I don’t paint people. I paint time, which is a universal concept that can only be described through a visual metaphor. I’ve used portraiture to represent the idea of time and in turn have developed my own artistic lexicon.
The figures I use are meant to spark an emotional reaction in the viewer, adding to the meaning of my paintings in a way that cannot be matched by non-figurative or abstract work. I believe that portraiture is the strongest tool in visual work because it relates directly to the human experience.
Most of my paintings are of the same little girl, who is a metaphor for time. She’s been a model for my work over the last two years and will continue to be in the future. Her style of dress, hairstyle etc. do not change in the paintings, and I always paint her using the same color palette. Plus, the size of my work remains roughly the same. So as many variables as possible remain constant, except for the model herself because she is a real person, changing as time progresses. By painting a model that changes over time, my whole body of work becomes time based. If you look at my paintings across the years, you will see the impact of time on the model and on my personal style. It’s a decades-long commitment on my part.
I believe that time is our most precious resource, and I paint to preserve it and prevent it from fading away. My work examines the tragedy of time’s progression and grapples with questions about the nature of time, how we value it and how we can come to terms with our own futures.
I once struggled to find enough time at the easel, which was often the result of lost or wasted time. Then I wondered if imagining time as if it was a young child would change how people took care of it. Since that moment, I’ve come to believe that we would be more purpose driven and careful with time if we imagined it as a human figure.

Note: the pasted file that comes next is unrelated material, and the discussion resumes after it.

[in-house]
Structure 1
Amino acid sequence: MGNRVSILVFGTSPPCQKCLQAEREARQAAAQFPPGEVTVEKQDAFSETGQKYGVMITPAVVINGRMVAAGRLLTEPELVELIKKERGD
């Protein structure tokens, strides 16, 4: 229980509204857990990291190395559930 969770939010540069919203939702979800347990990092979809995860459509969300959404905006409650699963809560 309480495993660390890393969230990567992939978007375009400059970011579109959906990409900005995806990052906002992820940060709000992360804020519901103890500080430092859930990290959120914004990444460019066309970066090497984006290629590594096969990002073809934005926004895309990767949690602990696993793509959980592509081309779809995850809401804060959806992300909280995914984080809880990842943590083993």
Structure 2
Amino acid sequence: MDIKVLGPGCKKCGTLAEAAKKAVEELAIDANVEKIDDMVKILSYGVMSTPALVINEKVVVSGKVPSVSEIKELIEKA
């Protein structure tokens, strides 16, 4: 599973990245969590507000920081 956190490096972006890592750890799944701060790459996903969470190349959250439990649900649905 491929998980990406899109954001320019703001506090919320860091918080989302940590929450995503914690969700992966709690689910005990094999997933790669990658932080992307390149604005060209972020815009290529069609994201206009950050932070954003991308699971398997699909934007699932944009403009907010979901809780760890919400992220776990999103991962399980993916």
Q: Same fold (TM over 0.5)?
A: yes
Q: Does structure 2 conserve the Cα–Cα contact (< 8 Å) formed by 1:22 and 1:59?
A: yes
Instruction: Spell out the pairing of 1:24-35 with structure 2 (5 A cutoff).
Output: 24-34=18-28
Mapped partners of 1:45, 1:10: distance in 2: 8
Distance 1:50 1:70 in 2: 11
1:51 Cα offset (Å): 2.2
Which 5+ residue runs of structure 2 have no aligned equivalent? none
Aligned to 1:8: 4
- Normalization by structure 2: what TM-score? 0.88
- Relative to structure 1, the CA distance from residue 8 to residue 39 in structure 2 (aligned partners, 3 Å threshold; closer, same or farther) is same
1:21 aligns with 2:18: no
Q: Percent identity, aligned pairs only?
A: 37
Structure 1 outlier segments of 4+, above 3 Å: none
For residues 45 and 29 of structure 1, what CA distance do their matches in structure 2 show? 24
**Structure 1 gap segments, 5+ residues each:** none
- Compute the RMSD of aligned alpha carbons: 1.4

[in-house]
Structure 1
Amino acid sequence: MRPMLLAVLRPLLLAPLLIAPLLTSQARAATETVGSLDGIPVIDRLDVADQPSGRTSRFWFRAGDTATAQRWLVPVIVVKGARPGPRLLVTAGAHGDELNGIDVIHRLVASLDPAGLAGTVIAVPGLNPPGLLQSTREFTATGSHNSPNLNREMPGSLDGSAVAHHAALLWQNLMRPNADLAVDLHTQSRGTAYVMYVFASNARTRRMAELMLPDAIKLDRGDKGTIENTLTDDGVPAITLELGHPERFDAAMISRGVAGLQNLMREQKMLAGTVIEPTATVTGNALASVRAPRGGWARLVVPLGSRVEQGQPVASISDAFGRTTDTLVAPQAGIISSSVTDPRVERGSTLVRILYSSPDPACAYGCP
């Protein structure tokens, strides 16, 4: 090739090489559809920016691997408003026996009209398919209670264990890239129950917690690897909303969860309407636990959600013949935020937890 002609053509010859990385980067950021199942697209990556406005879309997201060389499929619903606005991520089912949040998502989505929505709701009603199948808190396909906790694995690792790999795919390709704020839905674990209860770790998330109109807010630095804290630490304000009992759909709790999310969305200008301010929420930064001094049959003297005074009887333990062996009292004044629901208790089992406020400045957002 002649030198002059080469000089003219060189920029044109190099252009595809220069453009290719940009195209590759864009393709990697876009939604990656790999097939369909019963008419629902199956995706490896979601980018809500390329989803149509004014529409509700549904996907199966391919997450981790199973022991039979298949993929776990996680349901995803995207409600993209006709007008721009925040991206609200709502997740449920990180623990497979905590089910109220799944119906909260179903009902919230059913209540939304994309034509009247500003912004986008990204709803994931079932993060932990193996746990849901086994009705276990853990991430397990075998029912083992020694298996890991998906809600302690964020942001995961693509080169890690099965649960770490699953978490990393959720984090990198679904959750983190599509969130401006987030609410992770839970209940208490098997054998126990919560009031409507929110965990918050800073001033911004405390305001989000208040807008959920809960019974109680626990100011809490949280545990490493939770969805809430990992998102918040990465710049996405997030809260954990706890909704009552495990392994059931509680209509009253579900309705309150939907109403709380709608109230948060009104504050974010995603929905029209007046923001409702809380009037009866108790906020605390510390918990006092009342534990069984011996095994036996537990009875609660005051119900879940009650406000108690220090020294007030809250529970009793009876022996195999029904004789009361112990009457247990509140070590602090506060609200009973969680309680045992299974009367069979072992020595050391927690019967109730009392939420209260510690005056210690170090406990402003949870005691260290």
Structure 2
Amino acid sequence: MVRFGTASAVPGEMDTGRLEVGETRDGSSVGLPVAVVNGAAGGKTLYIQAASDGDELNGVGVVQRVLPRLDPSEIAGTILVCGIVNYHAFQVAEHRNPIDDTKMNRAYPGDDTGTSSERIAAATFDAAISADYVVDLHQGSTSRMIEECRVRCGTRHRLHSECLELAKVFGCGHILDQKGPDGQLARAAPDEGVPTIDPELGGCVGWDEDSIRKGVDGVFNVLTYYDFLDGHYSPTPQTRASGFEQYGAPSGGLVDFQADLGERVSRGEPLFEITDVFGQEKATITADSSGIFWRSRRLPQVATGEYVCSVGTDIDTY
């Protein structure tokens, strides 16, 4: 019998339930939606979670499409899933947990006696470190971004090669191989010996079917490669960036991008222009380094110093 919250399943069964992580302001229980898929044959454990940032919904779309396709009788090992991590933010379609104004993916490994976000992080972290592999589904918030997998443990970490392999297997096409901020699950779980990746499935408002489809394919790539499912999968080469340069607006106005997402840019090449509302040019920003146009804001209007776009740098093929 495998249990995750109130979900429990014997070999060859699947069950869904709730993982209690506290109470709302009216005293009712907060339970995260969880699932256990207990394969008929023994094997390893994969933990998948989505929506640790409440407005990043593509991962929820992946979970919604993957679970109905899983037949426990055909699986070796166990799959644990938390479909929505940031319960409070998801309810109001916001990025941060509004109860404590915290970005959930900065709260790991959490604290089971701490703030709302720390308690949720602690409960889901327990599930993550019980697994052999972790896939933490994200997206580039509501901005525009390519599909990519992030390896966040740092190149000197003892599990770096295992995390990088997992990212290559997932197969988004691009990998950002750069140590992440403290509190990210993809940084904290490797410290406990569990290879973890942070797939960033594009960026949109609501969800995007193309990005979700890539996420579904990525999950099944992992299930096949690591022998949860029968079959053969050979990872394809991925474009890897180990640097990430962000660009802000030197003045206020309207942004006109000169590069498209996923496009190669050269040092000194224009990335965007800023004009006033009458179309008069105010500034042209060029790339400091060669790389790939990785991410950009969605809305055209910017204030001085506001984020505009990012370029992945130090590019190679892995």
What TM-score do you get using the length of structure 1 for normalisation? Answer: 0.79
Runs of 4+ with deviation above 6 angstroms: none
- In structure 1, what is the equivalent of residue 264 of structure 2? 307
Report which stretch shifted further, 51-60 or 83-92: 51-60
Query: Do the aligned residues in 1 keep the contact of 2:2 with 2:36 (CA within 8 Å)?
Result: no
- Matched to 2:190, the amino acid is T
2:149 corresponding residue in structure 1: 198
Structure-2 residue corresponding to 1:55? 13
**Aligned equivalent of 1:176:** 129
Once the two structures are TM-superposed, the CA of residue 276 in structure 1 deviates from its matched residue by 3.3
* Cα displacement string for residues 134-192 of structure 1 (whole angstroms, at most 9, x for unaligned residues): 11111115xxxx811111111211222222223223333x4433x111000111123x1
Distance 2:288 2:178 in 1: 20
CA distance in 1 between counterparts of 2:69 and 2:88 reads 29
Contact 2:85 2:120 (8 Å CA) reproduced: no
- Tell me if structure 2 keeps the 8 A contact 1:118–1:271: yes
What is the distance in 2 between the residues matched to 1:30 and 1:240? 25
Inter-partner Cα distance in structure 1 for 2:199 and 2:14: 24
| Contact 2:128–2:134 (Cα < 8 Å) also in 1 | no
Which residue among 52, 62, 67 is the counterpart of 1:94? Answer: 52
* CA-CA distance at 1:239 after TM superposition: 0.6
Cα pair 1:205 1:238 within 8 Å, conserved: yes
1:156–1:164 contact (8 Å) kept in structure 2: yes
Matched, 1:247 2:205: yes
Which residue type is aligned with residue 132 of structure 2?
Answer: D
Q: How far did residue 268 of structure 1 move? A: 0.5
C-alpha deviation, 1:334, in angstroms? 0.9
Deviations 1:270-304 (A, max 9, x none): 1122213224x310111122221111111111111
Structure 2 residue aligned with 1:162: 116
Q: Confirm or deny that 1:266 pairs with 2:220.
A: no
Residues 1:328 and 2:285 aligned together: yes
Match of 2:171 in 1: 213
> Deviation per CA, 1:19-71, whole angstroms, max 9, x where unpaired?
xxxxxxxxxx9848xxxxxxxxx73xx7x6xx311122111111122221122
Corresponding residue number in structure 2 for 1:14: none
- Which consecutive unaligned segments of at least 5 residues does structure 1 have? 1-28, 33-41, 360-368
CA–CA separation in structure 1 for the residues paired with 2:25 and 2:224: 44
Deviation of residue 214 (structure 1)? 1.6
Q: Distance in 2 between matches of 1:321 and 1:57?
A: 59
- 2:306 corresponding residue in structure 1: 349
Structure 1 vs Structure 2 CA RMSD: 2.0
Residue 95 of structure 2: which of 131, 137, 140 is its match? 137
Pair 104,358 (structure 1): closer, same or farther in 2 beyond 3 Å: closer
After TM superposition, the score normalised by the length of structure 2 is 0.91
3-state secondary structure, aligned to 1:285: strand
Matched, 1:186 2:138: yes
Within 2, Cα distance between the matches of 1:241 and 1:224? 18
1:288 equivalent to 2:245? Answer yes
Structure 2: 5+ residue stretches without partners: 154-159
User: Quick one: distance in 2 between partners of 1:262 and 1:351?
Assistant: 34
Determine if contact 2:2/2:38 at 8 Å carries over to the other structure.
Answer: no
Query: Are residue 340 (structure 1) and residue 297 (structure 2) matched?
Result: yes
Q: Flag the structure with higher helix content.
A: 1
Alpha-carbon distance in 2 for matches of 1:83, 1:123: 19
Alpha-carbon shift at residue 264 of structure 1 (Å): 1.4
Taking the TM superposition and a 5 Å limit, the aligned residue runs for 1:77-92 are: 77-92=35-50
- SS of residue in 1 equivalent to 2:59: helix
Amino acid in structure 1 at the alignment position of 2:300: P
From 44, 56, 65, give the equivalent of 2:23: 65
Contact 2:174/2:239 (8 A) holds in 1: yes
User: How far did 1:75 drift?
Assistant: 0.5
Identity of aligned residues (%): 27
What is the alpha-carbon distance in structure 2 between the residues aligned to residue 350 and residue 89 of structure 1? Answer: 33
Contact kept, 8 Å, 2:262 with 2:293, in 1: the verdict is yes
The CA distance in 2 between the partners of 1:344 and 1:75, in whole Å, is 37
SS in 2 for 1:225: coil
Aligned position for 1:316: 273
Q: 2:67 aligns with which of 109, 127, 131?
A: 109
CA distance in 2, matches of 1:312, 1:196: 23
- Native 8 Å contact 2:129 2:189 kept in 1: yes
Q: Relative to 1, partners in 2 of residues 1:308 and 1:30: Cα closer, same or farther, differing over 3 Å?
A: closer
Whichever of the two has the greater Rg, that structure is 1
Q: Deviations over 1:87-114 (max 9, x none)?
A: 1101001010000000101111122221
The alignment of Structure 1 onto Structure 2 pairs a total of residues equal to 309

A Marcel Proust novel, In Search of Lost Time, loosely inspired my exploration of time. His work tries to capture time through written language, and he spent over 12 years obsessing over this concept. While he turned to words in his search for answers, I’ve used brushstrokes.
The movement of time is tragic in the way it runs in direct opposition to life. How can we reconcile the fact that the future is coming while our end also approaches? This line of questioning is at the core of the human experience and is a key element in my work. We don’t have an answer to what lies ahead, and that lack of knowing can be horrifying and destructive.
Still, time’s progression gives us constant opportunities to evolve. Each day we’re granted choices that can make our futures better and create new beginnings. Plus, being aware of time can make us more purpose driven and efficient in how we live our lives. Artists have considered mortality for centuries, and my work is a continuation of that tradition.
The numbers represent the amount of hours I spent at the easel working on a particular painting. I keep track of my schedule and when my work is finished, I stamp the hours directly on the canvas, most often right next to my signature. It’s a visual journal of the time I spend working and another angle on the concept of time.
Born 1983. Polish.
2014, BFA, Academy of Art University, San Francisco, CA
2015 Cecylia Bell Gallery, A Moral Code, Solo Exhibition, Hartsville, SC 2015 ACA, Art Design
Consultants, Cincinnati, OH
2015 OPA 24th Annual Exhibition, Cutter & Cutter Fine Art St. Augustine, Florida
2015 Rochester Museum of Fine Arts Biennial 2015 Las Laguna Gallery, Holding Moments Group Show, Laguna Beach, CA
2015 La Luz de Jesus, Laluzapalooza Group Show, Los Angeles, CA 2015 After Dark IV - A National
Juried Gallery Exhibition Greg Moon Art ,Taos, New Mexico
2015 Studio Gallery, Tiny Group Show, San Francisco, CA 2015 National Juried Exhibition of Traditional Oils, St. Augustine, FL
2014 Spring Noaps Exhibit, Bolivar, MO
2014 The Cannery, A Moral Code, Solo Exhibition, San Francisco, CA
2014 AAU Spring Show, San Francisco, CA
2014 Richeson 75 Figure/Portrait Juried Show, Kimberly, WI
2014 Charvin Winter Paining Contest, Raleigh, NC
2013 AAU Spring Show, San Francisco, CA
2015 The Artist Magazine, Make Fine Art Your Focus, May Issue
2015 American Art Collector, Celebrating Art of Women by Women, October
2015 American Art Collector, The Figure in Art, December Issue
2015 American Art Collector, The Artist Focus Special, October Issue
2015 Coker College Press, Pilat Painting Exhibition, October Issue
Coker College, Hartsville, SC
The Rochester Museum of Fine Arts, Rochester NH
Private collections in Poland, United States, Canada and China.